ulnar collateral ligament and through the holes drilled through the
lateral column around the flexion pin.
Axis of rotation.
Determine the axis of rotation external landmarks and place the humeral
(axis) reference pin guide in line with the axis of rotation. The tip
of the guide
is usually placed on the medial side while the pin guide on the lateral side as the axis pin enters laterally (Fig. 8-6).Figure 8-4.
An extensile surgical exposure typically involves elevating the sleeve
of extensor muscles and releasing the lateral collateral ligament.
Reference pin that acts as a guide during frame construction.
Insert laterally the 3-mm-diameter self-drilling/self-tapping Apex pin
through the humeral (axis) reference pin guide in the axis of rotation.
For monolateral frame construction insert the pin to a depth of 15 to
20 mm. For bilateral frames it is recommended to replace the 3-mm Apex
humeral reference pin by a 3-mm smooth transfixing Apex pin that is
inserted across the distal humerus (see “Bilateral Frame Option”).Note: The 3-mm pin is a reference pin and is the essential reference required to accurately
assemble the DJD II frame and to properly insert the humeral and ulnar pins. It will be removed after frame construction.Figure 8-5. A,B: Holes that are placed around the axis of rotation allow the ligament to be reattached with an osseous attachment.Figure 8-6. A,B:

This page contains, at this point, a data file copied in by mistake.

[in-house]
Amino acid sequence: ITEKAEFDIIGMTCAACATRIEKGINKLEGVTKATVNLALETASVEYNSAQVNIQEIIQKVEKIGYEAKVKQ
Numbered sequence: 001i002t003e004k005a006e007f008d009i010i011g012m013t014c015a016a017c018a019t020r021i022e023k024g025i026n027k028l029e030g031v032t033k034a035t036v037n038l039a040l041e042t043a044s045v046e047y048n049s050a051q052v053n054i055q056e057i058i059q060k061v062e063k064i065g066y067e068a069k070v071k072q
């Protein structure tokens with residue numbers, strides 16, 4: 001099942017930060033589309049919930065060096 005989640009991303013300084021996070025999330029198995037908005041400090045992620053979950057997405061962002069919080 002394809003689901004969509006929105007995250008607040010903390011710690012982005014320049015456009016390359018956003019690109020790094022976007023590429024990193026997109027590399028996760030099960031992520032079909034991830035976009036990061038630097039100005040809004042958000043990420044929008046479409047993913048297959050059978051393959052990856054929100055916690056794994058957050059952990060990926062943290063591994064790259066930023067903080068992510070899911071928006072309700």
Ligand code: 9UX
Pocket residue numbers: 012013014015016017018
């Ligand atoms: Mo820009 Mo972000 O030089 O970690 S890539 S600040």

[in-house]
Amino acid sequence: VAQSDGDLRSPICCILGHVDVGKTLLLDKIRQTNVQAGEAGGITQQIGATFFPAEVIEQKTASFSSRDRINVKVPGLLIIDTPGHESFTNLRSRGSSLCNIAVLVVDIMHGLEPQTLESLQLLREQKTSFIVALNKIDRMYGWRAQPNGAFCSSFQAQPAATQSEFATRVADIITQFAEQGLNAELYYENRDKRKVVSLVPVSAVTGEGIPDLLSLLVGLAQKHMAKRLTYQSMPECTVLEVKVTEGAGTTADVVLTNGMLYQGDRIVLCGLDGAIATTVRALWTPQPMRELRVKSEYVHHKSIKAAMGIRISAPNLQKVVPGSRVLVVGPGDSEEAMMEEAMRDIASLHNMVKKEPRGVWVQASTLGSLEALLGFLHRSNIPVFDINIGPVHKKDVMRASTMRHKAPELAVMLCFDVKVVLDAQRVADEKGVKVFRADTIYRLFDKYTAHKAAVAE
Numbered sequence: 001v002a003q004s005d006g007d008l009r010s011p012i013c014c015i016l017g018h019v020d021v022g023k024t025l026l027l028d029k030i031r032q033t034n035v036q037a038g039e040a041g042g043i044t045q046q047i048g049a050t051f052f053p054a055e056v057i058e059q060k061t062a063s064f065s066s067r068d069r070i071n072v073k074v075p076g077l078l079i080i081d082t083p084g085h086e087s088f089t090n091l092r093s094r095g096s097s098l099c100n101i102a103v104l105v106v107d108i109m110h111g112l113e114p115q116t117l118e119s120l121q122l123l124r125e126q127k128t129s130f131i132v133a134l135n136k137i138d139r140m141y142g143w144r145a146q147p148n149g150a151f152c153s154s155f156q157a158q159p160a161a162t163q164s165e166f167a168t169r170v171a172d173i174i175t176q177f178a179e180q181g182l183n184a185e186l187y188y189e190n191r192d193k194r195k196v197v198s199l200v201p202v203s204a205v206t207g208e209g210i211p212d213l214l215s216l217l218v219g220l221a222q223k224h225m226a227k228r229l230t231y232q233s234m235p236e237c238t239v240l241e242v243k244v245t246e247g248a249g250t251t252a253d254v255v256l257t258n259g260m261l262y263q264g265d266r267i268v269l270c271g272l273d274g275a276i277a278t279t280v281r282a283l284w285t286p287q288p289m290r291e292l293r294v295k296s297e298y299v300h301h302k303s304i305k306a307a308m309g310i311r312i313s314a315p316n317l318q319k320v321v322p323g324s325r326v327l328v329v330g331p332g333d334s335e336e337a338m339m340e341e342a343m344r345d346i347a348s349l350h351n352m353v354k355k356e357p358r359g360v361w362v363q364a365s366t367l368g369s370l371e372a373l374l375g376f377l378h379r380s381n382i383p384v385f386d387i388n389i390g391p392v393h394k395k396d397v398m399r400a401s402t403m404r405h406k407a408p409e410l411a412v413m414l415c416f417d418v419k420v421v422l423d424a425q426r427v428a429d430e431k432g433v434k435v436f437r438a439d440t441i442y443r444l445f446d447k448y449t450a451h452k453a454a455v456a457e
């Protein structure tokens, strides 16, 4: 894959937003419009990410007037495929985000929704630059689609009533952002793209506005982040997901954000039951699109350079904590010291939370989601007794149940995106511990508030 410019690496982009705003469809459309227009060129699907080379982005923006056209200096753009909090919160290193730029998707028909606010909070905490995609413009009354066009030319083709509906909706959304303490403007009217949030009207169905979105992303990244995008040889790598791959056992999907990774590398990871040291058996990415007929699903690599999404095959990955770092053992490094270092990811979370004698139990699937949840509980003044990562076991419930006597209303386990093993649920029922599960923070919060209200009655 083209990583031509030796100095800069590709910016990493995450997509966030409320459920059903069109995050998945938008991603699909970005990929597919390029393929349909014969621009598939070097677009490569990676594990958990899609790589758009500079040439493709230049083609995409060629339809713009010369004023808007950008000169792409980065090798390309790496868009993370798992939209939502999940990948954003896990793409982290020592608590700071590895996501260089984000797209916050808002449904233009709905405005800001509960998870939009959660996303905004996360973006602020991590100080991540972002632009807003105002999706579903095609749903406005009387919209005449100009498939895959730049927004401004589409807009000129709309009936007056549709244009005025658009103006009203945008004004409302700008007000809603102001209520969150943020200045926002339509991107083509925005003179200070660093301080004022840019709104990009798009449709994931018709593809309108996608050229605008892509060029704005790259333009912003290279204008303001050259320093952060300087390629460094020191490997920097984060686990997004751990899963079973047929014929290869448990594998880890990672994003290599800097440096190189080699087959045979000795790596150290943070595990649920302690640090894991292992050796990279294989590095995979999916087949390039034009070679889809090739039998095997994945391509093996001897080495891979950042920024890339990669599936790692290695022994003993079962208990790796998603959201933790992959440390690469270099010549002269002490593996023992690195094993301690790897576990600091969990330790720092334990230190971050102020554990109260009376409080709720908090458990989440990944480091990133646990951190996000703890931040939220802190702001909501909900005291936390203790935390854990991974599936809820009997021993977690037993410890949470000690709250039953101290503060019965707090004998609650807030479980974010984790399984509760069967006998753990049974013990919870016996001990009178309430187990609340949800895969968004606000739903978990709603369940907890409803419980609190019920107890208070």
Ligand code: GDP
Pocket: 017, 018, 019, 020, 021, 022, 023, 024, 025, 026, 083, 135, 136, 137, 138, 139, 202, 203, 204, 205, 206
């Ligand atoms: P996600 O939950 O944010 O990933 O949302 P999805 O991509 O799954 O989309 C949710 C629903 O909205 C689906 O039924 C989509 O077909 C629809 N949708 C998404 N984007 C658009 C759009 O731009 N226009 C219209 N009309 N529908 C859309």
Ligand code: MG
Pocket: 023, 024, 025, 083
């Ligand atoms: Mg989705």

The C-guide with the sharp tip placed medially under direct vision
allows accurate orientation of the axis reference pin even if placed
only partially across the joint.
Remove the humeral (axis) reference pin guide.
Placement of the DJD II frame on the reference pin.
The hollow-bored hinge of the DJD II is placed over the reference pin
so that its hinge is exactly in the same axis of rotation as the
natural axis of rotation of the elbow. Verify that the distraction
device is fully compressed before frame construction.
At this stage, depending on surgeon preference or features of the case,
one may insert either the humeral or the ulnar pins. Humeral pin
insertion is the author’s choice.
Humeral pin insertions.
Apply the 3-mm or 4-mm drill guide over the humeral rod so that pin guide is aligned with the lateral humerus (Fig. 8-7).Note: The 5-mm humeral rod is aligned to the anterior cortex of the humerus (INSERT).
The proximal humeral
self-drilling/self-tapping Apex 4-mm (or 3-mm) pin is inserted into the
lateral cortex of the humerus through the pin guide and engages the
The pin guide is then removed.
The proximal pin is fixed to the humeral
rod with a Hoffmann II Compact pin-to-rod coupling that is then
tightened using a Hoffmann II Compact wrench (Fig. 8-8).Figure 8-7.
The fixator is placed over the reference pin, and using the alignment
guide a proximal half-pin is placed through the lateral and medial